The team at PAF created age-appropriate resources that can be implemented with other activities at Safety Day events. The curriculum aims to help young participants understand stress and their emotions, make the connection between mental and physical health, break the stigma around mental health, and identify coping strategies. Participants are sent home with additional resources.

Safety Day activities include having kids make their own stress ball, journaling, and seeing how many balloons each child can juggle. The balloons represent stressors. "It's not so hard with one or two, but very hard with three or four," Davidson says. "Our takeaway is that it's OK to ask for help. Kids are visual so this helps bring it to life."

What can parents do?

Davidson recommends these easy-to-implement strategies to parents:

Role modeling: She says the most important thing parents can do is model good behavior when it comes to taking care of their own mental health. When children see their parents practicing self-care, adopting coping strategies like journaling or yoga, being kind, taking breaks from social media and technology, asking for help, and sharing their stories, it encourages them to do the same. "Hopefully we can do a better job of taking care of our own mental health and the young people in our lives looking up to us will too," she says.

Peach and pit: Each day, everyone in the family can share the best (peach) and worst (pit) parts of their day. She says actively listening to your children's answers and openly sharing your own will help build trust and open the lines of communication.

9 vital minutes: The most important minutes of the day for children are the three minutes when they first wake up, the three minutes when they get home from school, and the three minutes just before bedtime. "Ask them questions, be there for them, and just be present," Davidson says. 

Mind social media: Social media means today's kids can be bullied beyond the school hallways. Whenever they look at their cell phones or computers, they may be faced with a bully or at least additional pressure to look and act a certain way. Limiting phone use before bed is key, Davidson says. "Remember those nine vital minutes," she says. "If social media is their last three minutes before bed and there's bullying or unrealistic expectations going on, it can be tough to fall asleep after that."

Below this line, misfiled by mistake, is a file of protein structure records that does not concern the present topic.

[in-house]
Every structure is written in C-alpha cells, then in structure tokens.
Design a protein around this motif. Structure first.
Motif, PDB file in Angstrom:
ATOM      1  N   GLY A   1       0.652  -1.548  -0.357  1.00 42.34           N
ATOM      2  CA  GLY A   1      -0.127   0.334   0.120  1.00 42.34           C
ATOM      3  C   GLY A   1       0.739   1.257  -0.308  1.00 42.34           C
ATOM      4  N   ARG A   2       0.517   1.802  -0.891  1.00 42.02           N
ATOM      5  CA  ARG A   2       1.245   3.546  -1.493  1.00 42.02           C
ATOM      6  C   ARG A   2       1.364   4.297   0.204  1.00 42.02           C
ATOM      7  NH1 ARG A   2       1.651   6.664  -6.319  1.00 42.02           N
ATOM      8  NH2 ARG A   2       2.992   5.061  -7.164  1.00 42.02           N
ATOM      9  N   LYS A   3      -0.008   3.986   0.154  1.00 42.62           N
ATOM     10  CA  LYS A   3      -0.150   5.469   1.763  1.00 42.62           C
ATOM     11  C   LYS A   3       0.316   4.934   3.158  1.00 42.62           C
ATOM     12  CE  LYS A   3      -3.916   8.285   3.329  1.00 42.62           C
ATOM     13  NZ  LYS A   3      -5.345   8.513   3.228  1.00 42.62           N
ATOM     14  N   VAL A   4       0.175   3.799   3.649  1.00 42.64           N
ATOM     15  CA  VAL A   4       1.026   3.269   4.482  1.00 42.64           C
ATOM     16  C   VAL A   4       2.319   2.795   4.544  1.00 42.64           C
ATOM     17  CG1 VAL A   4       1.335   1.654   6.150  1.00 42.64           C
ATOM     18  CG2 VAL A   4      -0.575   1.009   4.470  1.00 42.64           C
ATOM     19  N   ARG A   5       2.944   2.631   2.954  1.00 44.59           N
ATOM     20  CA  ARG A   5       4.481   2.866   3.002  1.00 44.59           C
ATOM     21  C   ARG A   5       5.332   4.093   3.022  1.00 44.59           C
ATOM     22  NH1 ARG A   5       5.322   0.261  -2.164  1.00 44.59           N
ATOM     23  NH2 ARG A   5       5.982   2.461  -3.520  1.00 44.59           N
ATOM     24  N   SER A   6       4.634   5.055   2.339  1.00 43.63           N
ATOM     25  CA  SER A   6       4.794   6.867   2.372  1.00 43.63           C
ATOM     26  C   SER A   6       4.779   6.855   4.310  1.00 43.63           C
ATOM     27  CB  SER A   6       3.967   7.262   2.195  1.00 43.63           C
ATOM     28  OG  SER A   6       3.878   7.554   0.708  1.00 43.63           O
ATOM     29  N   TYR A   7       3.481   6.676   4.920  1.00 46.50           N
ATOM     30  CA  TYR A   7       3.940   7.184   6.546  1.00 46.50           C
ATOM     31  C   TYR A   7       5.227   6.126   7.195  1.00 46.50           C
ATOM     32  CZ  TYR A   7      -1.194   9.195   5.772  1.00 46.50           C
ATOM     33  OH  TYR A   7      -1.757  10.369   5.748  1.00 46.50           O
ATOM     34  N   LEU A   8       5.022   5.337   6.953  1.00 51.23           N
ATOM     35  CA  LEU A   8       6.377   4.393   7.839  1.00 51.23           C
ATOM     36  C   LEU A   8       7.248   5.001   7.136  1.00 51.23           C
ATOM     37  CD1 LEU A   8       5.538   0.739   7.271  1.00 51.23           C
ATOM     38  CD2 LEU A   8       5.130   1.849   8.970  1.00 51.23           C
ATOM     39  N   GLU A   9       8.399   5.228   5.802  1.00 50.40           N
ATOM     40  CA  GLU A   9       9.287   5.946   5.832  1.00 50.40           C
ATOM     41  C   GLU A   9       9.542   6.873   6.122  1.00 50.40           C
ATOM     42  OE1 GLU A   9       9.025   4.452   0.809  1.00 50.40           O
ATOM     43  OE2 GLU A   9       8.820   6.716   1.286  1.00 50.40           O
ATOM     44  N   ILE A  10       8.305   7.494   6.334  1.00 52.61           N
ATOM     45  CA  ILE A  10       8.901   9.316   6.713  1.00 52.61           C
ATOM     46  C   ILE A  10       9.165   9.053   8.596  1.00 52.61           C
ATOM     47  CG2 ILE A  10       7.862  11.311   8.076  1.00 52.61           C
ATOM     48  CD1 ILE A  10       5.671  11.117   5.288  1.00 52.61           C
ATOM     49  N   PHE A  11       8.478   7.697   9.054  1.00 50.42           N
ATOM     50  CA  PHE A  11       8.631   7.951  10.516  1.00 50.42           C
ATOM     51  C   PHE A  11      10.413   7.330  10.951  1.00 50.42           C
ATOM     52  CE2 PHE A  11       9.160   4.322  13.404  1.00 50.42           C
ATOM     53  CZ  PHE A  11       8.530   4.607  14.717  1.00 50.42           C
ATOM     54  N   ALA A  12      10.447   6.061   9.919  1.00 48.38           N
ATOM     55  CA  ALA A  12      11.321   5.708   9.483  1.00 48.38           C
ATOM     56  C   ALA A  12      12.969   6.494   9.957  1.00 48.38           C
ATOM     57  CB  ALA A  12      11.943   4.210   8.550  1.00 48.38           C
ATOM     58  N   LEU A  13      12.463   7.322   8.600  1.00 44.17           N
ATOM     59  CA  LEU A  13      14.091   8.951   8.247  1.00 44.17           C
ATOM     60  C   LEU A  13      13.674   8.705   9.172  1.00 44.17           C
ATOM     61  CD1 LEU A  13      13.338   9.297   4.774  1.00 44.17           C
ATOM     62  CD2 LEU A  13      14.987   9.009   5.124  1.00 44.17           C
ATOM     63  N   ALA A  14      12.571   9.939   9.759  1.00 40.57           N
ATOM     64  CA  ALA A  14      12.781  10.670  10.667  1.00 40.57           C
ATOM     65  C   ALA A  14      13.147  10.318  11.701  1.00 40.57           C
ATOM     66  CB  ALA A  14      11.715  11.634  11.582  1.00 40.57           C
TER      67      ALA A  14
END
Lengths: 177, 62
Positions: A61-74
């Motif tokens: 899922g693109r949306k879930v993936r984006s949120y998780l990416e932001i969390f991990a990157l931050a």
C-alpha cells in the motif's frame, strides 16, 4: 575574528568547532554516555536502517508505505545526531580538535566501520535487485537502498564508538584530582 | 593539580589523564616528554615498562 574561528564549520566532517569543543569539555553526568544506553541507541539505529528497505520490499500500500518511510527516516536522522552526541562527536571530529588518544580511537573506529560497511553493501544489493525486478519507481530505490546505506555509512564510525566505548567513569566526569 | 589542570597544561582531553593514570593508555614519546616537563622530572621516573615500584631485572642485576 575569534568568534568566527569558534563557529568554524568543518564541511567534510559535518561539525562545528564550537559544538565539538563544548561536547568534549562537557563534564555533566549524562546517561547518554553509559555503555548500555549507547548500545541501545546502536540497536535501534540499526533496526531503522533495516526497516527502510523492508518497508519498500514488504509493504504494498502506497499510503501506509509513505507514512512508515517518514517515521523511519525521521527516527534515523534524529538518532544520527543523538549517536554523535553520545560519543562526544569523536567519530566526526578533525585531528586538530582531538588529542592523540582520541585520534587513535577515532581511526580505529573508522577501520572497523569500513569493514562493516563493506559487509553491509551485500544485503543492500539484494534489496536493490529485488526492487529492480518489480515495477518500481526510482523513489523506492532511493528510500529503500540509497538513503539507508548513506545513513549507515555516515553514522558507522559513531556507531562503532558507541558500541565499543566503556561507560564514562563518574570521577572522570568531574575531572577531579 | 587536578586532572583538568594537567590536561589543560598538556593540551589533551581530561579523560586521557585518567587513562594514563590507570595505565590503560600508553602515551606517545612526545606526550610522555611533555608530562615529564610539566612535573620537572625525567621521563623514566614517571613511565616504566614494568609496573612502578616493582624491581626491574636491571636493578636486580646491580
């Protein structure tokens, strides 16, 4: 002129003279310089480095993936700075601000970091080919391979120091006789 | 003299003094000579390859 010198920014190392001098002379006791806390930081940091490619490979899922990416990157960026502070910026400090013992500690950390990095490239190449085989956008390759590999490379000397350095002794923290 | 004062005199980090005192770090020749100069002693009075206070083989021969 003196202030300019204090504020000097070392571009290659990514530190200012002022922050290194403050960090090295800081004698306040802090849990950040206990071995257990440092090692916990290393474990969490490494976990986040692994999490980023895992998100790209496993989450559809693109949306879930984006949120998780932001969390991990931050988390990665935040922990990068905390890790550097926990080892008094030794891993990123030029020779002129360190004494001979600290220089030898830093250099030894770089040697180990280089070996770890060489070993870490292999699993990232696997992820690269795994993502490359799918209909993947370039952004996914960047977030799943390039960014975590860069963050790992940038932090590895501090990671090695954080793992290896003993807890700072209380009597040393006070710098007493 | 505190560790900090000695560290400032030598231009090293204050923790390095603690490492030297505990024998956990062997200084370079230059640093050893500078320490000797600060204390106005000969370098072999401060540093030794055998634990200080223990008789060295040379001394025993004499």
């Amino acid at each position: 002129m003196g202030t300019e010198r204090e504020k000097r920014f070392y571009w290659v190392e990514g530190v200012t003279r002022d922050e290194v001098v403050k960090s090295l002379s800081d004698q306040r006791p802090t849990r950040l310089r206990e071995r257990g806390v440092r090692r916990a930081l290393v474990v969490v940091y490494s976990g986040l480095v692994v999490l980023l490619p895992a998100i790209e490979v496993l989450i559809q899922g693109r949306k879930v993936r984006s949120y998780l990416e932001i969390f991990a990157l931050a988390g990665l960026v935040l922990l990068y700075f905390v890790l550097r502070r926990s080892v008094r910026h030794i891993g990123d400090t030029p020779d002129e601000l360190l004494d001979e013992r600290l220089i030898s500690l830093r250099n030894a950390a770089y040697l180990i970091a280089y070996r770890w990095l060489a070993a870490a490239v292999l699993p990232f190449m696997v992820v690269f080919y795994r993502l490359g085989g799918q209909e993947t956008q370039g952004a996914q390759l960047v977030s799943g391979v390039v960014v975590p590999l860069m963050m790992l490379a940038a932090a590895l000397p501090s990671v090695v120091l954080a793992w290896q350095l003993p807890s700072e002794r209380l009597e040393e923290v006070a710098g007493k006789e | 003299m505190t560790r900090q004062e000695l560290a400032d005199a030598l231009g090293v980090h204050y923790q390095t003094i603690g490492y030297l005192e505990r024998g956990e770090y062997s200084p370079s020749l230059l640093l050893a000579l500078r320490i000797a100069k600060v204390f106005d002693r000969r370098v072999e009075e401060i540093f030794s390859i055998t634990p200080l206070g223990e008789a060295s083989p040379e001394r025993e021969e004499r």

Rudolphi agrees with these strategies. "We saw a significant correlation between parent and adolescent health. That goes to show we need parents to model health coping strategies including self-care and other valuable management strategies," she says. "I think we can all recognize the mental health crisis we're observing among youth, so having programs like what PAF is developing is so important."

Host a Safety Day

Progressive Agriculture Safety Days are one-day events that teach school-age children lessons that can help keep them safe on the farm. The events can be located at schools or elsewhere in the community, and can be private or public. Participants are divided into small groups, which rotate between stations where they take part in different lessons and activities.

In addition to mental health, topics include ATV safety, first aid, safety around animals, PTO safety, hidden hazards, and tractor safety. Learn more about the project and sign up to volunteer or host your own Safety Day.